boats which would not work for us), by going to yards in which they were
placed (having had that information from the original broker, before he
pulled the plug).  The broker I worked with on the Eastern Shore, and
fervently wished I'd called to begin with, was Frank Gary, of Bristol
Yachts in Annapolis.  I found him to be totally professional in every
regard.  I later got to visit him in his Annapolis office, and while
there, noted that he was a past broker of the year.  I'm not
surprised...

In the course of working with him on the Eastern Shore, he explored our
objectives, budget, time frame, and all the other things a good
salesperson would do.  In addition to a professional appearance and
demeanor (definitely not the case with the prior), his objective (at
least as far as anything I could see, certainly) was to be the best
possible representative of the boats available, whether his or other
companies' listings, without in any way attempting to push or bend our
objectives, and offered two telling pieces of advice.  The first was
that I should absolutely not make an offer on any boat which didn't
reach out and grab me and not let go.  The second is that I should
ignore the price shown in making any offer.  He followed the second with
the observation that too many buyers had ignored his answer to their
"What do you think I should offer for this boat?" and offered far less -
with a resulting sale with no counter.  (In case it's not readily
apparent, this is *not* the presentation being made by the other
broker.)  Wow.  What a refreshing contrast!  Jumping out of time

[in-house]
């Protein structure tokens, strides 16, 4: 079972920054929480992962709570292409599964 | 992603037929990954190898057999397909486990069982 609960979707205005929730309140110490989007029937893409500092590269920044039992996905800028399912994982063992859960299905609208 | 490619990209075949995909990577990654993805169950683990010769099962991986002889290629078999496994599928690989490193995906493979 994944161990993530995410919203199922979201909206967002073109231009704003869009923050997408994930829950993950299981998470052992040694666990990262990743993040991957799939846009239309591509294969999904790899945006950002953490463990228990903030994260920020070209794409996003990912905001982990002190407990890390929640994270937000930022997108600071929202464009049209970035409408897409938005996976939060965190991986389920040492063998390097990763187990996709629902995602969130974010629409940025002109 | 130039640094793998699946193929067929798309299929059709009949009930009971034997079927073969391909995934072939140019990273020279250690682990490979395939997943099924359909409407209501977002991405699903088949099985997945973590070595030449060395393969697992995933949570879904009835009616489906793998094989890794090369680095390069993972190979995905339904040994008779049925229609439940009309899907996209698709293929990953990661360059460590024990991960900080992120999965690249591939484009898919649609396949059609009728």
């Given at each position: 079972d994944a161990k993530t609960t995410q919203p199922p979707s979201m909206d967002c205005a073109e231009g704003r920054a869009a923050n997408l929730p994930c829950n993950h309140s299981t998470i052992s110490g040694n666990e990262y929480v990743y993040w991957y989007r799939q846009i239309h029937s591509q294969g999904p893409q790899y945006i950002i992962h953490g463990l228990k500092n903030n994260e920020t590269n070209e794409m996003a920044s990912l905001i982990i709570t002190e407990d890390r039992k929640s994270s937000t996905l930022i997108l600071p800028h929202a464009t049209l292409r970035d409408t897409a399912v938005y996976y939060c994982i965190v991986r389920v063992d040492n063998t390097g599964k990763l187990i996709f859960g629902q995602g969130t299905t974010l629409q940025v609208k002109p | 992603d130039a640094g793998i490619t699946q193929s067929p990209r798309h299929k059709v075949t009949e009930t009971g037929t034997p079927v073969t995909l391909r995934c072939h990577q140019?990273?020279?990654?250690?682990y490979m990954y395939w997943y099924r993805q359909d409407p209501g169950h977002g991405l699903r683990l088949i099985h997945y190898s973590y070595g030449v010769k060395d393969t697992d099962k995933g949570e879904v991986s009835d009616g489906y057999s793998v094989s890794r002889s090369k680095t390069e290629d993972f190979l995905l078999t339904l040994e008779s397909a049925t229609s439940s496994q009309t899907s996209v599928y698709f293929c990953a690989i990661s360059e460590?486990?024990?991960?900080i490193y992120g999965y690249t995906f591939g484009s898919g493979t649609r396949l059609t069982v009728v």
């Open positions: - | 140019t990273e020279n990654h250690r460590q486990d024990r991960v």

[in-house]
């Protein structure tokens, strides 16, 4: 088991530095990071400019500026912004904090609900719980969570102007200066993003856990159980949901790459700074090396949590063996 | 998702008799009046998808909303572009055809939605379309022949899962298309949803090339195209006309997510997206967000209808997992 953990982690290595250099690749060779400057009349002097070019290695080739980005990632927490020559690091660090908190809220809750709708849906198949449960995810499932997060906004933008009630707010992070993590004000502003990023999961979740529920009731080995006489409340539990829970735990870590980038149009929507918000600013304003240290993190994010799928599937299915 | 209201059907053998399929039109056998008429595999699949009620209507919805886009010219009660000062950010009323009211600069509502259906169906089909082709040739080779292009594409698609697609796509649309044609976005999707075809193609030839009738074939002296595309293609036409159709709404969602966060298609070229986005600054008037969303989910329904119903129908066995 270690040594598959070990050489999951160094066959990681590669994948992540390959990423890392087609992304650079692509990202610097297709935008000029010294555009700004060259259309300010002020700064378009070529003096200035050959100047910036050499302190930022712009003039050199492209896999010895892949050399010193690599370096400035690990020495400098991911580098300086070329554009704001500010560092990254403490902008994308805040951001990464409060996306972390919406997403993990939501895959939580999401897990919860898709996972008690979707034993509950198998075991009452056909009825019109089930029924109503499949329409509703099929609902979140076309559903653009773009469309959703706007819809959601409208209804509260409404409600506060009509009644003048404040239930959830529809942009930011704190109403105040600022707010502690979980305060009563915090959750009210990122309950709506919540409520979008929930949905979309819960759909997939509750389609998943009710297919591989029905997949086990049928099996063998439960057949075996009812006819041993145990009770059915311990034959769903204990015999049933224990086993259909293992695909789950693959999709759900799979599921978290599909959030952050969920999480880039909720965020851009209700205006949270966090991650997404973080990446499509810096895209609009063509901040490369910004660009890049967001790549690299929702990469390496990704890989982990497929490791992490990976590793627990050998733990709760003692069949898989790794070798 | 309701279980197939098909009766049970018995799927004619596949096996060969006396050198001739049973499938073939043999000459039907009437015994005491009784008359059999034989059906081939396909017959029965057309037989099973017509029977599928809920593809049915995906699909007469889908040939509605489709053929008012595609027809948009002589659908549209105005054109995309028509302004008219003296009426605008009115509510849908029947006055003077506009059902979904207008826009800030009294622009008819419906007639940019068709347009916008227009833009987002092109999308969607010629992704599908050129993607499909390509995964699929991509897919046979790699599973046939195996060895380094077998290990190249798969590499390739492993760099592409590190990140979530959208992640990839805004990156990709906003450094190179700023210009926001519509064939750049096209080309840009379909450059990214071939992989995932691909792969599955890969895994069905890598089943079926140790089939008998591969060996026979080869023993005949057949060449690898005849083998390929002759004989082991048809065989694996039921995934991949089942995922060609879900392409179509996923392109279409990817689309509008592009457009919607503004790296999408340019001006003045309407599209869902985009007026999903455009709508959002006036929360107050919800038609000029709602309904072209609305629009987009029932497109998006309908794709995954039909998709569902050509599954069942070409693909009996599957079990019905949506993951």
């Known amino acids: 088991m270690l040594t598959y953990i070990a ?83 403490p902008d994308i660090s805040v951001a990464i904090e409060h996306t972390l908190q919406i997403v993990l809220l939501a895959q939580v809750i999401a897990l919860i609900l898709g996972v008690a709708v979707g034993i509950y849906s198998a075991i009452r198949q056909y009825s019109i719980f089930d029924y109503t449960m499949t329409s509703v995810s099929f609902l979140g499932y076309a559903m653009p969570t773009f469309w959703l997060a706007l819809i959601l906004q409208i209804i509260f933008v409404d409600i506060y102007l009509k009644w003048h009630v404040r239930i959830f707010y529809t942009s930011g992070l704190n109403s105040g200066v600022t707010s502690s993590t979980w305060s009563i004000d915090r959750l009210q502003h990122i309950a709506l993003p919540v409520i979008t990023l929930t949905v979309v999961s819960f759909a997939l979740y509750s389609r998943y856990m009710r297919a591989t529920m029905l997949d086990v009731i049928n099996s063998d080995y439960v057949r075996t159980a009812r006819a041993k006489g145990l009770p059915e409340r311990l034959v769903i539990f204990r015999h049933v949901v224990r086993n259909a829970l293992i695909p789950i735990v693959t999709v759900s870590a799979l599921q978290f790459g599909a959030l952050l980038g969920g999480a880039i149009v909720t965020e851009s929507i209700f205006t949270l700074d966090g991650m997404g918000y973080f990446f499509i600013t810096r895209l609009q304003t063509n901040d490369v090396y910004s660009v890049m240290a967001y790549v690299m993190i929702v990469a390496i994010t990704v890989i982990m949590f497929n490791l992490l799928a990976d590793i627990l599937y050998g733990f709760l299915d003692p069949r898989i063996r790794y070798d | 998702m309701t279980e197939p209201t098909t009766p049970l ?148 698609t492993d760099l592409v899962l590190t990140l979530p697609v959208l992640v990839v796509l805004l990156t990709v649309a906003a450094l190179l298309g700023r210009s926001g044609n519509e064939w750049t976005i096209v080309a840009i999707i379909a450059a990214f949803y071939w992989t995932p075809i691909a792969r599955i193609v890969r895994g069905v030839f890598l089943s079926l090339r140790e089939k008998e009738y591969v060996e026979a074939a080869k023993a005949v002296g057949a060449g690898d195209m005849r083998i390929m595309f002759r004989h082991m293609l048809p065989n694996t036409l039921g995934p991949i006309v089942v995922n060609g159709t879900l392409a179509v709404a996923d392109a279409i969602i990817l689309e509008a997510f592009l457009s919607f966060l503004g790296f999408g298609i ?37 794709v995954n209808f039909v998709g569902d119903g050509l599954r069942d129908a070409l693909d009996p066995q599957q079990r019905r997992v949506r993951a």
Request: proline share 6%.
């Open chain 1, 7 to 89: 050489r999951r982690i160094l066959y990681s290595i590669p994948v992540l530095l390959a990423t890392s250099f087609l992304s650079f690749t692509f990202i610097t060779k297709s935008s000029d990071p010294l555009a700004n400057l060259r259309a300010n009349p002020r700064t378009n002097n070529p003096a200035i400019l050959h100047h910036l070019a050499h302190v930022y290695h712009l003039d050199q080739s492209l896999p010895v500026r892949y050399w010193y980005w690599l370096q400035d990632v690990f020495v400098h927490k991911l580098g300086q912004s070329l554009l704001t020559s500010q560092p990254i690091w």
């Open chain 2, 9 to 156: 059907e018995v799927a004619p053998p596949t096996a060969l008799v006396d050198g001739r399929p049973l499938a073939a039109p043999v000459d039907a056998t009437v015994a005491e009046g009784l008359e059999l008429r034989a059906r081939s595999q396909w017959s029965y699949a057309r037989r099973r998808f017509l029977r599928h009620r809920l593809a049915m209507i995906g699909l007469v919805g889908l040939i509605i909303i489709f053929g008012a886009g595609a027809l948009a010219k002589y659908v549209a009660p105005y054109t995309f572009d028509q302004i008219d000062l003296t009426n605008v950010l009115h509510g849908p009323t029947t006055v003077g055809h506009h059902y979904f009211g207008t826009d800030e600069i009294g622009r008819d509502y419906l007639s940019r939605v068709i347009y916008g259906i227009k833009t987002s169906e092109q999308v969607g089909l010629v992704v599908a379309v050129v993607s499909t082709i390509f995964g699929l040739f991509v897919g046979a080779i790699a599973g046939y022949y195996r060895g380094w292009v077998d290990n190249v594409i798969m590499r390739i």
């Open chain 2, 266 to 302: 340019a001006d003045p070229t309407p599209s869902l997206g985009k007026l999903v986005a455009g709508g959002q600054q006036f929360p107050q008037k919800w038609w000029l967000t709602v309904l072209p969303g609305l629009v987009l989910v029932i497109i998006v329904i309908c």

sequence and ahead for a moment, that other broker did, indeed, show me
that other boat after the weekend.  However, when we parted later that
day, he made it very plain that he was entirely disgusted that I had not
bought a boat from him.  However, back to Frank:

So, we saw several boats in the weekend.  In addition to ones I'd
identified, he showed me several we'd not had on our list.  One of them
is on our "intense scrutiny" list - the very short list of boats we're
actively considering buying.  Beyond that, he did research which allowed
me to see additional boats the day following my departure from the first
broker.  *Those* were in Annapolis, and there was another boat which
he'd found (back!) on the Eastern Shore, to which he was quite happy to
take me, as well. However, since that one had a contract on it as well,
and the selling broker expected it to succeed, we decided to take a pass
on it.

Epilogue:  Monday, after our having worked together over the weekend, he
had an email in my box thanking me for the time and wishing me well.
Wednesday, after our working together again on Tuesday, he had another
email, just following up, wishing me well on my continuing search and
offering encouragement for the 1000 mile dash down the coast and back
home.  Guess who else hasn't said boo??

So, in the end, what's the point?